c=IN IP4 192.0.2.4/127/3 c=IN IP4 192.0.2.4/127/3
a=rtpmap:99 rtx/90000 a=rtpmap:99 rtx/90000
a=fmtp:99 apt=98;rtx-time=3000 a=fmtp:99 apt=98;rtx-time=3000
The server and the receiver may implement the retransmission methods The server and the receiver may implement the retransmission
illustrated in the previous examples. In addition, they may choose methods illustrated in the previous examples. In addition, they
to request and retransmit a lost packet depending on the layer it may choose to request and retransmit a lost packet depending on
belongs to. the layer it belongs to.
11. IANA considerations 11. IANA considerations
A new MIME subtype name, "rtx", has been registered for four A new MIME subtype name, "rtx", has been registered for four
different media types, as follows: "video", "audio", "text" and different media types, as follows: "video", "audio", "text" and
"application". An additional REQUIRED parameter, "apt", and an "application". An additional REQUIRED parameter, "apt", and an
OPTIONAL parameter, "rtx-time", are defined. See Section 8 for OPTIONAL parameter, "rtx-time", are defined. See Section 8 for
details. details.
12. Security considerations 12. Security considerations
If cryptography is used to provide security services on the original If cryptography is used to provide security services on the
stream, then the same services, with equivalent cryptographic original stream, then the same services, with equivalent
strength, MUST be provided on the retransmission stream. Old keys cryptographic strength, MUST be provided on the retransmission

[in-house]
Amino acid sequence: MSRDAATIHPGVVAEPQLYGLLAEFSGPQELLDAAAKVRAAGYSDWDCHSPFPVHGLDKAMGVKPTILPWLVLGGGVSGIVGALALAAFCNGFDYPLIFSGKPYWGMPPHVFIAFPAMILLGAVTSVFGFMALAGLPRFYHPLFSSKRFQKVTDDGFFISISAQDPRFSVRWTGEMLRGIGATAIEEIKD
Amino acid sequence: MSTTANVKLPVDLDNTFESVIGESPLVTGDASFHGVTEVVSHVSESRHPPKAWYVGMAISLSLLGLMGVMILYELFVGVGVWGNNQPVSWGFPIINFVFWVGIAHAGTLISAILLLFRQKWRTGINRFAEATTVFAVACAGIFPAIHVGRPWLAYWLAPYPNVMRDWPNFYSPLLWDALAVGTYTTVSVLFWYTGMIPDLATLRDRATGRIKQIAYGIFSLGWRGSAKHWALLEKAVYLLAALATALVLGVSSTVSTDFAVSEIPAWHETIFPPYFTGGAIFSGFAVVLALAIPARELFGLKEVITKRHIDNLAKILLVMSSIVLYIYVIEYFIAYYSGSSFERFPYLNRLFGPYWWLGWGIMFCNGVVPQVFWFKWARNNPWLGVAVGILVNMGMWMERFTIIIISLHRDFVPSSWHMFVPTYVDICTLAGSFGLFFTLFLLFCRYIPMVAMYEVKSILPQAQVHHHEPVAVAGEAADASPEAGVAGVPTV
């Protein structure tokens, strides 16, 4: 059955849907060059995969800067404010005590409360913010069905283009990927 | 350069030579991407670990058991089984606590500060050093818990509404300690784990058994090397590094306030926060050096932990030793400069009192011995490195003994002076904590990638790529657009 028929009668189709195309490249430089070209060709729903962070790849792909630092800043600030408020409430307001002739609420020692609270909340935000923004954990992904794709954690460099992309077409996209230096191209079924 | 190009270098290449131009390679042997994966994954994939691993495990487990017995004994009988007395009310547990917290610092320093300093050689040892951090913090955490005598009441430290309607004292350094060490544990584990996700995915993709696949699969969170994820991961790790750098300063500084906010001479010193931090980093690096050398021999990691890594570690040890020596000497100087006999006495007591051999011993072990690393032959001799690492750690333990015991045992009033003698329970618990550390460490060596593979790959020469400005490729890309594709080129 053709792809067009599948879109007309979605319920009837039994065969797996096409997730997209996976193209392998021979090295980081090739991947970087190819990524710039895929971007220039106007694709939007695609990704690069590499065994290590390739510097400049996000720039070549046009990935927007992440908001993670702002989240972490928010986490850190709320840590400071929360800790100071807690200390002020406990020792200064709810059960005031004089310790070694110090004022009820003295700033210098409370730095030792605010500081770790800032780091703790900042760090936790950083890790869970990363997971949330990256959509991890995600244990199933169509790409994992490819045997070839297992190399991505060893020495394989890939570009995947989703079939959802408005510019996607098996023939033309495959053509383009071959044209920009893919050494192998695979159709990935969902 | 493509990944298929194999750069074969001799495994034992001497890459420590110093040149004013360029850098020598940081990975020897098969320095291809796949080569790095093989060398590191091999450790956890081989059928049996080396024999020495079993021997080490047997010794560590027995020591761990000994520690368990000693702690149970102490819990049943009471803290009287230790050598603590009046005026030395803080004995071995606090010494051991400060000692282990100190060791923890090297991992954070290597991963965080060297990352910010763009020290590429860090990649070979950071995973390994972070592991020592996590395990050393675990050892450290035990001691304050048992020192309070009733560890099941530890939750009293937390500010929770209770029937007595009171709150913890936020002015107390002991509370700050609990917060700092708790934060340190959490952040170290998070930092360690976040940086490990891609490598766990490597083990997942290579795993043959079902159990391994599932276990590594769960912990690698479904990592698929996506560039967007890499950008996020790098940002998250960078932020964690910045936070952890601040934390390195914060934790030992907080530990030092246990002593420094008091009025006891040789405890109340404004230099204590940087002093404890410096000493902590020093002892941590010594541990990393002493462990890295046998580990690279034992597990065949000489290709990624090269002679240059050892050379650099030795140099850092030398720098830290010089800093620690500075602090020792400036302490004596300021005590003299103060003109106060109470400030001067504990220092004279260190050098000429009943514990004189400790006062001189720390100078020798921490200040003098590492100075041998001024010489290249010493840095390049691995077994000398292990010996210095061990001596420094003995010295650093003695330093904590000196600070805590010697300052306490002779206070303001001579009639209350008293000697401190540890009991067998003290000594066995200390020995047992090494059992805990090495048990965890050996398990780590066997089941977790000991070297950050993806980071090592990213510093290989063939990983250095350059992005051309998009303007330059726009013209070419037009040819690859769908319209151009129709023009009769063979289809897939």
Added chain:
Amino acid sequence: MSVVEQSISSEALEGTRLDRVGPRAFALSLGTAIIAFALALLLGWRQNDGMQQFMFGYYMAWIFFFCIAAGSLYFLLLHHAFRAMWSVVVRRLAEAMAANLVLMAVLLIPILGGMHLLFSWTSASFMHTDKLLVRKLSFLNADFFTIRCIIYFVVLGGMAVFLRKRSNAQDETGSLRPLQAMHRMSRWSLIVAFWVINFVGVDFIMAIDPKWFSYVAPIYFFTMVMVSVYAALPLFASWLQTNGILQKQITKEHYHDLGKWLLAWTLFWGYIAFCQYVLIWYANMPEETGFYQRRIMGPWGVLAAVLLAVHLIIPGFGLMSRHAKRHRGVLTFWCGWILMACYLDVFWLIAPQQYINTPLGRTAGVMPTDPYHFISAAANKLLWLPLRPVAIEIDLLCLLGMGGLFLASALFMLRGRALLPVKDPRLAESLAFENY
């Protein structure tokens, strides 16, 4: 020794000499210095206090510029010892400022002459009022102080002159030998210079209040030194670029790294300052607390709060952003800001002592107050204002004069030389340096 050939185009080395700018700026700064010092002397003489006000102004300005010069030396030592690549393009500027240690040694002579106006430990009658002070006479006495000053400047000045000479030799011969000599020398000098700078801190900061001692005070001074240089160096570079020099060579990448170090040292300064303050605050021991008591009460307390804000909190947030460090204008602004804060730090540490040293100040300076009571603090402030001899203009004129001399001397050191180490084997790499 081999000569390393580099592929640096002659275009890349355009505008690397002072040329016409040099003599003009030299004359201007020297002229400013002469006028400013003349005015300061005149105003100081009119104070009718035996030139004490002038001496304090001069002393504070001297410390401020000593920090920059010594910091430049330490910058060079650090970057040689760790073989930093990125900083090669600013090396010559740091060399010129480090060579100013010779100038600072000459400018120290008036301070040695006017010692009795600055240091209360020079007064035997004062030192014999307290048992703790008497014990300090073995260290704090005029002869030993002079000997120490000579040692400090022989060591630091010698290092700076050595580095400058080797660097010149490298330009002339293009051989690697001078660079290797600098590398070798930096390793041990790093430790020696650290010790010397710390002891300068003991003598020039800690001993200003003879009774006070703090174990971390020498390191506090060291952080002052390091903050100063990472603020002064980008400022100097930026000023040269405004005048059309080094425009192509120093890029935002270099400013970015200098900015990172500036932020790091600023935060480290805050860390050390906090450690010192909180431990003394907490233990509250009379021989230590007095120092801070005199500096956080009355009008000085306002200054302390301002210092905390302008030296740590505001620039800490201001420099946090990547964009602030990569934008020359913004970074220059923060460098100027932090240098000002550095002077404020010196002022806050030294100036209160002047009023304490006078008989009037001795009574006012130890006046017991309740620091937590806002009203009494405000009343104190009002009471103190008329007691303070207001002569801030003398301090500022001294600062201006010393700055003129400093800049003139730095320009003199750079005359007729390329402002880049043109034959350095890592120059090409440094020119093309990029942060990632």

will likely need to be cached so that when the keys change for the stream. Old keys will likely need to be cached so that when the
original stream, the old key is used until it is determined that the keys change for the original stream, the old key is used until it
key has changed on the retransmission packets as well. is determined that the key has changed on the retransmission
packets as well.
The use of the same key for the retransmitted stream and the The use of the same key for the retransmitted stream and the
original stream may lead to security problems, e.g. two-time pads. original stream may lead to security problems, e.g. two-time pads.
This sharing has to be evaluated towards the chosen security This sharing has to be evaluated towards the chosen security
protocol and security algorithms. protocol and security algorithms.
RTP recommends that the initial RTP timestamp SHOULD be random to Furthermore, it is RECOMMENDED that the cryptography mechanisms
secure the stream against known plain text attacks. This payload used for this payload format provide protection against known
format does not follow this recommendation as the initial timestamp plaintext attacks. RTP recommends that the initial RTP timestamp
will be the media timestamp of the first retransmitted packet. SHOULD be random to secure the stream against known plaintext
attacks. This payload format does not follow this recommendation
However, since the initial timestamp of the original stream is as the initial timestamp will be the media timestamp of the first
itself random, if the original stream is encrypted, the first retransmitted packet. However, since the initial timestamp of the
retransmitted packet timestamp would also be random to an attacker. original stream is itself random, if the original stream is
Therefore, confidentiality would not be compromised. encrypted, the first retransmitted packet timestamp would also be
random to an attacker. Therefore, confidentiality would not be
compromised.
Congestion control considerations with the use of retransmission are Congestion control considerations with the use of retransmission
dealt with in Section 7 of this document. are dealt with in Section 7 of this document.
Any other security considerations of the profile under which the Any other security considerations of the profile under which the
retransmission scheme is used should be applied. The retransmission retransmission scheme is used should be applied. The